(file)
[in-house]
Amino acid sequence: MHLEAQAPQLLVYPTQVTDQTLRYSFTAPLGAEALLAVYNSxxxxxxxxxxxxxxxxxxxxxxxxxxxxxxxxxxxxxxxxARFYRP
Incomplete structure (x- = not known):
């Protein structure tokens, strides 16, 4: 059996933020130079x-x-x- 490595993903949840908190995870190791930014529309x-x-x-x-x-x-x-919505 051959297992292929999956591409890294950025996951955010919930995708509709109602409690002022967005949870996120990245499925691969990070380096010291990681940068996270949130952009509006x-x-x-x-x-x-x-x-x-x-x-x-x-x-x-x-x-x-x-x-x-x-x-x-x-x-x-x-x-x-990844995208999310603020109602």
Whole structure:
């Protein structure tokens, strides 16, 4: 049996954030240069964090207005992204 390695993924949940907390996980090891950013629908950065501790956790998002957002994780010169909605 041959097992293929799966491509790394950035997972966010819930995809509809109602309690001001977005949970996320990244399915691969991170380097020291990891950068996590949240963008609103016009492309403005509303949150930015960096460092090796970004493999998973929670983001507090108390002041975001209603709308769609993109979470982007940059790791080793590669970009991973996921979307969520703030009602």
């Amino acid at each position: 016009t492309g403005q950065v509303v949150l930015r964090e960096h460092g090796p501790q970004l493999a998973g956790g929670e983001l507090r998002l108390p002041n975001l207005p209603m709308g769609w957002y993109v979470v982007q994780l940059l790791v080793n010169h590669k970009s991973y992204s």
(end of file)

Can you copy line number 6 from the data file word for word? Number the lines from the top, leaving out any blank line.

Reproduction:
């Protein structure tokens, strides 16, 4: 049996954030240069964090207005992204 390695993924949940907390996980090891950013629908950065501790956790998002957002994780010169909605 041959097992293929799966491509790394950035997972966010819930995809509809109602309690001001977005949970996320990244399915691969991170380097020291990891950068996590949240963008609103016009492309403005509303949150930015960096460092090796970004493999998973929670983001507090108390002041975001209603709308769609993109979470982007940059790791080793590669970009991973996921979307969520703030009602």